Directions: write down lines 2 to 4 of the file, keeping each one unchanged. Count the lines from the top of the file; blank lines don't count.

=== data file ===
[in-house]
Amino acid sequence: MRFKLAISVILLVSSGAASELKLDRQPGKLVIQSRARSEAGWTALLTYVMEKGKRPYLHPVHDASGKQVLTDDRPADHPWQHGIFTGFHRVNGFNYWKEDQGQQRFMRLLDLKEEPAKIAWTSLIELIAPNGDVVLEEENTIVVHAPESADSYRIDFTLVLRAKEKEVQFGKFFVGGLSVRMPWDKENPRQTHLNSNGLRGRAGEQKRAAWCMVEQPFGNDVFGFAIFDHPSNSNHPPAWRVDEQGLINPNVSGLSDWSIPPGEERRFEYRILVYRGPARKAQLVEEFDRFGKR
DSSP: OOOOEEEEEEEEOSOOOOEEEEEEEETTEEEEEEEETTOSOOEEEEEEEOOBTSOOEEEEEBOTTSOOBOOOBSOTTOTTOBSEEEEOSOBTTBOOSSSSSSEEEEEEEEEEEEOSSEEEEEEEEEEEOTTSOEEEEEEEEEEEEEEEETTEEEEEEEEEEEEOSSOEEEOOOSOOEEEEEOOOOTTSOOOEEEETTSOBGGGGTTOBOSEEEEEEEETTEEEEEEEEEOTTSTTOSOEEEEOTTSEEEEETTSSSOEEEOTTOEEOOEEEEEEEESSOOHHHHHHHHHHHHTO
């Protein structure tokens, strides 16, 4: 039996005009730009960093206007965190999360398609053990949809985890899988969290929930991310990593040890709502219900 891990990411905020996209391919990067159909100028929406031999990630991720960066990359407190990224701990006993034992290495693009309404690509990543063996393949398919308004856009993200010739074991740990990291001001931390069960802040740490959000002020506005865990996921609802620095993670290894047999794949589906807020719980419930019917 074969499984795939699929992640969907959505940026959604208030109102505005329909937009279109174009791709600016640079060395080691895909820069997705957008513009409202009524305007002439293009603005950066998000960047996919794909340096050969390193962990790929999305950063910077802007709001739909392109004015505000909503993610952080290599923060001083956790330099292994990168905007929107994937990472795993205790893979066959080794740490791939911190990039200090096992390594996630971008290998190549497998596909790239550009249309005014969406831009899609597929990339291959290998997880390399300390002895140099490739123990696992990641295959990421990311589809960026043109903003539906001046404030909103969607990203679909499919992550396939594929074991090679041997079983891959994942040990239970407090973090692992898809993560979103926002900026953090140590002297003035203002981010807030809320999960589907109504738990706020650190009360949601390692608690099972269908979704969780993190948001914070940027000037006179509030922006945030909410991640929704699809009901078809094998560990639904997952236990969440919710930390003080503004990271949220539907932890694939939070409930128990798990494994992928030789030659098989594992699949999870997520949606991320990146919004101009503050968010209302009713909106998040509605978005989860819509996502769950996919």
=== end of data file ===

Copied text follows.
Amino acid sequence: MRFKLAISVILLVSSGAASELKLDRQPGKLVIQSRARSEAGWTALLTYVMEKGKRPYLHPVHDASGKQVLTDDRPADHPWQHGIFTGFHRVNGFNYWKEDQGQQRFMRLLDLKEEPAKIAWTSLIELIAPNGDVVLEEENTIVVHAPESADSYRIDFTLVLRAKEKEVQFGKFFVGGLSVRMPWDKENPRQTHLNSNGLRGRAGEQKRAAWCMVEQPFGNDVFGFAIFDHPSNSNHPPAWRVDEQGLINPNVSGLSDWSIPPGEERRFEYRILVYRGPARKAQLVEEFDRFGKR
DSSP: OOOOEEEEEEEEOSOOOOEEEEEEEETTEEEEEEEETTOSOOEEEEEEEOOBTSOOEEEEEBOTTSOOBOOOBSOTTOTTOBSEEEEOSOBTTBOOSSSSSSEEEEEEEEEEEEOSSEEEEEEEEEEEOTTSOEEEEEEEEEEEEEEEETTEEEEEEEEEEEEOSSOEEEOOOSOOEEEEEOOOOTTSOOOEEEETTSOBGGGGTTOBOSEEEEEEEETTEEEEEEEEEOTTSTTOSOEEEEOTTSEEEEETTSSSOEEEOTTOEEOOEEEEEEEESSOOHHHHHHHHHHHHTO
């Protein structure tokens, strides 16, 4: 039996005009730009960093206007965190999360398609053990949809985890899988969290929930991310990593040890709502219900 891990990411905020996209391919990067159909100028929406031999990630991720960066990359407190990224701990006993034992290495693009309404690509990543063996393949398919308004856009993200010739074991740990990291001001931390069960802040740490959000002020506005865990996921609802620095993670290894047999794949589906807020719980419930019917 074969499984795939699929992640969907959505940026959604208030109102505005329909937009279109174009791709600016640079060395080691895909820069997705957008513009409202009524305007002439293009603005950066998000960047996919794909340096050969390193962990790929999305950063910077802007709001739909392109004015505000909503993610952080290599923060001083956790330099292994990168905007929107994937990472795993205790893979066959080794740490791939911190990039200090096992390594996630971008290998190549497998596909790239550009249309005014969406831009899609597929990339291959290998997880390399300390002895140099490739123990696992990641295959990421990311589809960026043109903003539906001046404030909103969607990203679909499919992550396939594929074991090679041997079983891959994942040990239970407090973090692992898809993560979103926002900026953090140590002297003035203002981010807030809320999960589907109504738990706020650190009360949601390692608690099972269908979704969780993190948001914070940027000037006179509030922006945030909410991640929704699809009901078809094998560990639904997952236990969440919710930390003080503004990271949220539907932890694939939070409930128990798990494994992928030789030659098989594992699949999870997520949606991320990146919004101009503050968010209302009713909106998040509605978005989860819509996502769950996919």